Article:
Appearances of Klingon: on television - in movies - in the news - in commercials - in politics - in literature - Translations


There are, apart from the many well-done and commendable productions, many so-called freeloaders, who take advantage of the popularity of the Klingon language while completely ignoring even basic grammar or pronunciation. Instead, they shove text through a translation software, like Bing, and claim to have written something in Klingon just to gain media attention. To ordinary persons, these fakes are hard to recognize, but a learned Klingonist, upon hearing such texts, will writhe in pain.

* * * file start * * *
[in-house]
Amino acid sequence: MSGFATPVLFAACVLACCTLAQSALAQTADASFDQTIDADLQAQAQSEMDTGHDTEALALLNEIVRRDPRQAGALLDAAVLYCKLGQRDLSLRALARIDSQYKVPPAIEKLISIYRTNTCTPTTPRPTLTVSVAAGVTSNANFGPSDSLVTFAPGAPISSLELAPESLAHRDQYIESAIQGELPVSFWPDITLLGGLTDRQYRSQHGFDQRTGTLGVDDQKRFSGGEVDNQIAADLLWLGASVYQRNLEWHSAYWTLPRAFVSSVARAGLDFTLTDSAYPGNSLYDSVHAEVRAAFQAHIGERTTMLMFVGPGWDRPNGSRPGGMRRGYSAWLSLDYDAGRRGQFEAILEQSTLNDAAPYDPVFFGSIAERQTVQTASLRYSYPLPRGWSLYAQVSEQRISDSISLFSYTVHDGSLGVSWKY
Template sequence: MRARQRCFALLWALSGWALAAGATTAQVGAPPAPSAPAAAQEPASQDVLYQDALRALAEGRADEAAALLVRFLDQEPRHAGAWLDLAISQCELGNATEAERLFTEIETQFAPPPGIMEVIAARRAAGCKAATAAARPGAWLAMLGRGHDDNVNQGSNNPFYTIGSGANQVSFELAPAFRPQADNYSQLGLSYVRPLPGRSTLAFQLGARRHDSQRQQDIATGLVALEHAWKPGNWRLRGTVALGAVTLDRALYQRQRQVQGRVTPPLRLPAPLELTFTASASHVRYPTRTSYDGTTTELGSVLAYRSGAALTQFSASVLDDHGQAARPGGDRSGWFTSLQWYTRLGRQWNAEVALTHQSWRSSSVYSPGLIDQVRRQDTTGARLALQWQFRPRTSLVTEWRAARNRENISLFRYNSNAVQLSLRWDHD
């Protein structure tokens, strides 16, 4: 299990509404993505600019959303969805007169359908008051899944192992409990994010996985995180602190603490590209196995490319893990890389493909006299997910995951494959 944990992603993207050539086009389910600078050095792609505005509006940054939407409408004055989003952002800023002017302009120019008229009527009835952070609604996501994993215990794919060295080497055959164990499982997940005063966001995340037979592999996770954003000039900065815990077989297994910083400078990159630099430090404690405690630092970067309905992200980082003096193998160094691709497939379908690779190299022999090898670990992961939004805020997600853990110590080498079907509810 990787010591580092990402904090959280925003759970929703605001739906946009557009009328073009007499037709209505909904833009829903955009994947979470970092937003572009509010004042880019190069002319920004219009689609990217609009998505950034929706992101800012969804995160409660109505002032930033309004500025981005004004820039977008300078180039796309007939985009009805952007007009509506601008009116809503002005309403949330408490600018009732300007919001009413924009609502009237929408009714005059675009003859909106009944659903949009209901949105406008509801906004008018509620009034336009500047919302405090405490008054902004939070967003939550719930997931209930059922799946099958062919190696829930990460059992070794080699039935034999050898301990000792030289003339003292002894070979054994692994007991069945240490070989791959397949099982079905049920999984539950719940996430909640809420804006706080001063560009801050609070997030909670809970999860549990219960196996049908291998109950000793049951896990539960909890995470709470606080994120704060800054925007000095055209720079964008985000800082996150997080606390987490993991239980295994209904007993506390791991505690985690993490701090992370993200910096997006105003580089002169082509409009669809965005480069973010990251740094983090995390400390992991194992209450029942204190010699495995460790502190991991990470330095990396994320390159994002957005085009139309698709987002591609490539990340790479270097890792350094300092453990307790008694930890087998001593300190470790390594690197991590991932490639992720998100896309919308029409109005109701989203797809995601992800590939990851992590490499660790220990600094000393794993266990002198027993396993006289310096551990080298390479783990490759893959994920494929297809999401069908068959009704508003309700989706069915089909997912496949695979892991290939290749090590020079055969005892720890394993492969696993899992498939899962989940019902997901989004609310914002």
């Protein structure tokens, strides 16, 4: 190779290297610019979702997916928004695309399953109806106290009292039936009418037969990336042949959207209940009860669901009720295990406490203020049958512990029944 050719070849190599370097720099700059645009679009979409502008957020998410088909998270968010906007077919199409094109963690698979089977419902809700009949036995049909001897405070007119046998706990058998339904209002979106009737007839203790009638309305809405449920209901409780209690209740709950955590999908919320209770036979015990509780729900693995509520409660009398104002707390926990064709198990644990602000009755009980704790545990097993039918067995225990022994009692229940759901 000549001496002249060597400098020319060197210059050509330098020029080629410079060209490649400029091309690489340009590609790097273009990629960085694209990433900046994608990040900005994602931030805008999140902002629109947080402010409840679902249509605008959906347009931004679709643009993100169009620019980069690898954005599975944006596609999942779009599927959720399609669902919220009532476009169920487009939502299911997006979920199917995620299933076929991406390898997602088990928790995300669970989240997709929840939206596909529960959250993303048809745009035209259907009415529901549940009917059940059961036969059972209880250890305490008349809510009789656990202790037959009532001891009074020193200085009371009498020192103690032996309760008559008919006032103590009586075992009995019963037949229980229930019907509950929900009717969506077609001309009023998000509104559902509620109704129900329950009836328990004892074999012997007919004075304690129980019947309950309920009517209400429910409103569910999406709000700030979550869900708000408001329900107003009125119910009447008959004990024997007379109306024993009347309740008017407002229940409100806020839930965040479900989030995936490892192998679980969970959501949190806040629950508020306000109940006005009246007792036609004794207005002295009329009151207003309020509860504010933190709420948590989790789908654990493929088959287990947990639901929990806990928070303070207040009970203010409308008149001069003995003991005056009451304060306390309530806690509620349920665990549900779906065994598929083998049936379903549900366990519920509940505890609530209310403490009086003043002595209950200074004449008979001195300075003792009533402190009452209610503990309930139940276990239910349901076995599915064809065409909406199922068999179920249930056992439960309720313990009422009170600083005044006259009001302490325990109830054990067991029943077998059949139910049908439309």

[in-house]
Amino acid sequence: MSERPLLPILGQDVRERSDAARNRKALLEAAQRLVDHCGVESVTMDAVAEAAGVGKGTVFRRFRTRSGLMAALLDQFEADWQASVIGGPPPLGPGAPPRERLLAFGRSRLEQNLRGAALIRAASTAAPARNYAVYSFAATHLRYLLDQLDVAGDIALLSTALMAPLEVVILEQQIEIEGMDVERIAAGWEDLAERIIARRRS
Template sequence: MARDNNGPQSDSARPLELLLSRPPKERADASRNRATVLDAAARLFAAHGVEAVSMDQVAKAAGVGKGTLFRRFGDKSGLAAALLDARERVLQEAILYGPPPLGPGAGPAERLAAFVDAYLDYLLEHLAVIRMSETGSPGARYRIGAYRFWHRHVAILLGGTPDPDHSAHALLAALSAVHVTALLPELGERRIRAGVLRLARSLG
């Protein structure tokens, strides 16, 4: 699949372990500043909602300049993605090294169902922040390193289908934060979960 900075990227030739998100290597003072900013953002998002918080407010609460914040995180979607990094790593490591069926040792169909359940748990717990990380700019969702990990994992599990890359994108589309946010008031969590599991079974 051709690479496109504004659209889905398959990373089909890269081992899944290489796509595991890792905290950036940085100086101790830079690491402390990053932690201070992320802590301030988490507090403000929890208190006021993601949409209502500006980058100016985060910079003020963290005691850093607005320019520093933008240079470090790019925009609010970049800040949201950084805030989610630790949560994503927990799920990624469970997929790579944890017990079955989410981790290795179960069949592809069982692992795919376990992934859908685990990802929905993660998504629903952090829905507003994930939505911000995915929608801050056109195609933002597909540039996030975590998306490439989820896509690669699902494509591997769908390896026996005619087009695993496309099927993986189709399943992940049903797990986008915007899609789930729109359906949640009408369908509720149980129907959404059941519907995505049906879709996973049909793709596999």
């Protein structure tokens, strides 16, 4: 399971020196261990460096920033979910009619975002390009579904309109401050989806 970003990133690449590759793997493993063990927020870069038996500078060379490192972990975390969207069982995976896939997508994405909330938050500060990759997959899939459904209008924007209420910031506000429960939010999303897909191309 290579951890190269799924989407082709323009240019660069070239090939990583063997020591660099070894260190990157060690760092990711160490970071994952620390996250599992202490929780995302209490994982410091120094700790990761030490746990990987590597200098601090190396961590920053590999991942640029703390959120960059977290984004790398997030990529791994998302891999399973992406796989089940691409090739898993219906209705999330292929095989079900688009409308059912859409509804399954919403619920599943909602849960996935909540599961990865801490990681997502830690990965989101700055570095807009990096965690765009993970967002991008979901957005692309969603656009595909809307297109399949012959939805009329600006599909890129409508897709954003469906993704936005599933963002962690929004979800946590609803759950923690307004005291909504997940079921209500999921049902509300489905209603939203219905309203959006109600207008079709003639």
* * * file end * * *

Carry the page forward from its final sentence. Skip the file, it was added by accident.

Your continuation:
This "red list" catalogs all publications with pseudo-Klingon:

How to recognize it?

If you're not (yet) well-read in Klingon, and still want to know if a text you found is worthy of your time, try these simple checks:
  • translate it with Bing: if it matches the non-Klingon text exactly, it's a good guess this is what has been used
  • does it use letters that don't exist in Klingon? (Example: lower case "s" or "d", or a "k" or "z"?)
  • are words simple one-to-one transliterations? Example: "Visitors" becomes "vISItorS"
  • do too many words break the CVC convention? (The above "vISItorS" breaks it, for example.)

See also

Category: Appearance    Latest edit: 20 Jun 2016, by QurghLungqIj    Created: 20 Jun 2016 by RejutkaLupex
The Klingon Language Wiki is a private fan project to promote the Klingon language. See Copyright notice for details.